When a brother or sister in Christ lays a finger on a sin in our own lives, what is our reaction? Jesus Himself said we are to address the speck in our brother’s eye, once we have addressed sin in our own lives. So, when that person is obedient and holds us accountable, what do we do? Do we humble ourselves, take the correction, and confess our sin to God? Or do we play the deflecting game, and refuse to face the evil in us?

Jezebel never humbled herself. She held on to her pride right to the very end. And she died a horrible death. It was not pretty.

My friend’s co-worker will one day be held accountable for his actions. I pray he will humble himself and ask God to forgive him before He stands before Jesus on that day.

Just like no one really likes looking in the mirror and watching the effects of aging staring back at them, no one enjoys having a sin revealed, either. We can justify, rationalize, make excuses for our sin, or compare ourselves to that sinner sitting in the pew behind us. But until we humble ourselves before our Holy God, and accept forgiveness that is our through the blood of Jesus, we are guilty. No amount of “makeup” is going to fool God, no pointing out the sins of someone else is going to make you innocent.

Has a fellow believer pointed out a sin in your life? Instead of being angry with them, or trying to make them look guilty, I pray you will humble yourself, confess your sin, then go and hug that person.

Because pride just isn’t pretty. And it certainly doesn’t represent Jesus. Isn’t representing Jesus the goal for all of us who wear His Name?

Numbers 17-18; Budding, Blossoming, and Bountiful

Priests were highly regarded men, respected, obeyed. It’s no wonder that men from other tribes wanted to enjoy the same honor. But God made it plain that Aaron was His chosen, and only Levites were to attend to priestly duties. The staff that represented Aaron not only budded, it blossomed, and produced fruit over night.

The other staves? Nothing.

This side of the cross, as God’s kingdom of priests, we can learn from Aaron’s staff. As believers, we are chosen by God to grow in grace and knowledge, to go and make disciples, to stand in the gap between heaven and hell. We also can delight in God’s Presence, His love, His forgiveness, and protection. Buds and blossoms and bounty.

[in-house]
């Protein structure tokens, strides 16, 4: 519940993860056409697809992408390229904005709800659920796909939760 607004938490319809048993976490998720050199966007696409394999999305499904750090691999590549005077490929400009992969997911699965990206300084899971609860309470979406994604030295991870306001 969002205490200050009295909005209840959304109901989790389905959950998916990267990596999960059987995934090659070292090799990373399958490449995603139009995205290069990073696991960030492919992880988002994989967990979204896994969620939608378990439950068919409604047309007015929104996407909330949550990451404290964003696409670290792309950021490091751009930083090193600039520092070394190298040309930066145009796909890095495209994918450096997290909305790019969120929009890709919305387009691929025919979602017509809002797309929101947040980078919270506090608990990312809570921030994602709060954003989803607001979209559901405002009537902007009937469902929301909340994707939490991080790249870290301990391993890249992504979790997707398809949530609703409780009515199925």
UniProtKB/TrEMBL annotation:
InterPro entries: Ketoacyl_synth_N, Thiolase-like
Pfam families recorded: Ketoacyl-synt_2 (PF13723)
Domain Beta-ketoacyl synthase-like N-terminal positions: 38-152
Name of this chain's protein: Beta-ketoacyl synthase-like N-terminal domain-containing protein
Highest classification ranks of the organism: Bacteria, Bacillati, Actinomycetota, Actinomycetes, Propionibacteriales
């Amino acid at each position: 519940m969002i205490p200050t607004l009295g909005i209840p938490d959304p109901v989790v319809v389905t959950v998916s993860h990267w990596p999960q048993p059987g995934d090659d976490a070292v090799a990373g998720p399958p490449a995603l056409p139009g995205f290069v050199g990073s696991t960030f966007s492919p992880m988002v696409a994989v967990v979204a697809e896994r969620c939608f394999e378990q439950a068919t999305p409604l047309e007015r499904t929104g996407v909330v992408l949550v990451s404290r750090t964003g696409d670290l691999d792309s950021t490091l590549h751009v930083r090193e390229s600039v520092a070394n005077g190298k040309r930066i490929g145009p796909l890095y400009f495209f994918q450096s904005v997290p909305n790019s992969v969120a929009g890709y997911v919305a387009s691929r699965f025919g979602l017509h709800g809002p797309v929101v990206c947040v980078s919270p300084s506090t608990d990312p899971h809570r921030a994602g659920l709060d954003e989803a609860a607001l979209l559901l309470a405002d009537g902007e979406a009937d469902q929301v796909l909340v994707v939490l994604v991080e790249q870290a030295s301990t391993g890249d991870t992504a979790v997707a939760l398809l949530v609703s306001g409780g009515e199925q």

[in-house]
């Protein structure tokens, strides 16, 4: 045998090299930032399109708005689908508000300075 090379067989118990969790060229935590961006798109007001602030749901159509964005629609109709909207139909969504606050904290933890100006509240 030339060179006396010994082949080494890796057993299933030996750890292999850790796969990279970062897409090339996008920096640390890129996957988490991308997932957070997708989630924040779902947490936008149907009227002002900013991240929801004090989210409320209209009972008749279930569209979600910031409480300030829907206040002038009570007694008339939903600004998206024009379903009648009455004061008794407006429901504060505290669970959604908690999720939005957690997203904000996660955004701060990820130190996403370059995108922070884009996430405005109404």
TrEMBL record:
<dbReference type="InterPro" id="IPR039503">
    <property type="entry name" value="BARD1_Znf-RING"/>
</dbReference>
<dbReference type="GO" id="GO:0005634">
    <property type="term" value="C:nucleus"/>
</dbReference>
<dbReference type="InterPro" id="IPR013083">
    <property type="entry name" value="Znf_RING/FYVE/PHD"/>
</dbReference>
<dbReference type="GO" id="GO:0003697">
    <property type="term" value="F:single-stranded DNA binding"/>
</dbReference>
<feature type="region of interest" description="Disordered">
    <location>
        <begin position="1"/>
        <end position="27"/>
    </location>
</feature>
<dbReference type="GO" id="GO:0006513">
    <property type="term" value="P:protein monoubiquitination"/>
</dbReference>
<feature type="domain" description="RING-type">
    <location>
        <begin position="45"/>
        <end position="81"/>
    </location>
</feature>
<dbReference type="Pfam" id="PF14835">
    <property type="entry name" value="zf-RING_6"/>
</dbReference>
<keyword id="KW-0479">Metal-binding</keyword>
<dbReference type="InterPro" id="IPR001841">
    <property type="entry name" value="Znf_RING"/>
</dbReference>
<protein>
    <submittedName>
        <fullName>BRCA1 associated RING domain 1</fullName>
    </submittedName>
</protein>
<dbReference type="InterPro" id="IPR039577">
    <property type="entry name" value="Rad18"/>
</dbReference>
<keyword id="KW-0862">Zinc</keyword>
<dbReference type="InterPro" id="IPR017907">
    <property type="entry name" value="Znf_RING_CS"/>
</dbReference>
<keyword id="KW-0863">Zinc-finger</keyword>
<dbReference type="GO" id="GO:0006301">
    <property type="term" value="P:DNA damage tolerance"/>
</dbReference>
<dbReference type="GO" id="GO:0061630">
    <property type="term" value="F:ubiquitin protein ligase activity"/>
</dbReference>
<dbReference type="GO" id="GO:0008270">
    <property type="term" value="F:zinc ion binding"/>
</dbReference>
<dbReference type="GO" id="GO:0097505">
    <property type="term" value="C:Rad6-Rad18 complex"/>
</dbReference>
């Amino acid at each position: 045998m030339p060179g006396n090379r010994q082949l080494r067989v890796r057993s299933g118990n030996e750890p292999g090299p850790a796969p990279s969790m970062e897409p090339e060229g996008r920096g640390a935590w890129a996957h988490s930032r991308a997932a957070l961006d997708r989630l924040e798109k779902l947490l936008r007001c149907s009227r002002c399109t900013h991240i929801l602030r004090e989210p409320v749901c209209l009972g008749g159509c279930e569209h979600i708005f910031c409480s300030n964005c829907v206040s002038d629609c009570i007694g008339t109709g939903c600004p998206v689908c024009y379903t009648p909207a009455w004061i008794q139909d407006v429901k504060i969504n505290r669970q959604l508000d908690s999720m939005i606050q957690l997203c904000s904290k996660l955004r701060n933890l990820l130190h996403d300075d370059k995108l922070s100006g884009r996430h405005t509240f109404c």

But chapter 18 reminds us of the great responsibility that goes along with all that. God told Aaron that he and his sons, “bear the responsibility for offenses against the sanctuary…

Verse 5 says: You are to be responsible for the care of the sanctuary and the altar, so that wrath will not fall on the Israelites again.

The commentaries I read seemed to agree these verses warn me that, although being God’s child through the blood of His Son is a precious gift, there are serious consequences if I don’t use it, if I hoard it or abuse it.

I must bear fruit. If I don’t, God’s wrath will be my fault. If my neighbor goes to hell because I didn’t reach out to him to introduce him to the Savior, his blood is on my hands.

My pastor is going through I Thessalonians verse by verse with us, and yesterday we got to 5:12-15. These verses talk to us about how we are to regard those who are over us in the Lord. In other words, our pastors.

He shared the grave responsibility he has as our under-shepherd, and the fact that he will stand before God some day and account for his care of us who worship with him in our church body. He asked us to pray for him, for his faithfulness to God’s Word, and his purity, that God would keep him grounded in the Truth of Scripture, and victorious over sin in his own life.

I’m teaching a Sunday School class this quarter, and would ask the same of you. Please pray for me as I take on the responsibility of being God’s voice to the dear women who trust me to speak the Truth. And pray that Satan will be defeated in my life.

My pastor also pointed out these verses address “those who work hard AMONG you.” Isn’t that all of us who name the name of Jesus? We need to be in prayer for our elders, deacons, youth leaders, worship leaders. We need to be in prayer for each other in our workplaces and neighborhoods as we represent Jesus to a lost world. These verses tell us to live in peace with each other, to encourage each other in the work we have to do, to be patient and kind with everyone, and always want what is best for everyone.

We are all in this together. We all have jobs to do so blossoms will grow and fruit is produced. I pray that God will find all of us faithful, and that our fruit will be bountiful for Jesus’ sake.

October 6 – My Food

John 2-4

Jesus’ disciples went to get him something to eat. The fact that they “urge” Him to eat makes me believe Jesus was so intent on doing what He came to do, He might not have taken time for meals. His disciples knew he needed to eat.

I know, myself, that if I am focused on a task at hand, eating is the last thing on my mind. Jesus said something that made me stop and think.

He said, “My food, is to do the will of Him who sent Me and to accomplish His work.” (4:34)

Food. That which nourishes and strengthens, that which is necessary for life itself, that which is pleasant and anticipated. Something you just can’t do without.

Is that how I view my service to God, sharing the Gospel, sowing seed that leads to repentance? Is representing Jesus to a lost world as necessary to me as filling my belly?

It was that to Jesus. It ought to be in me.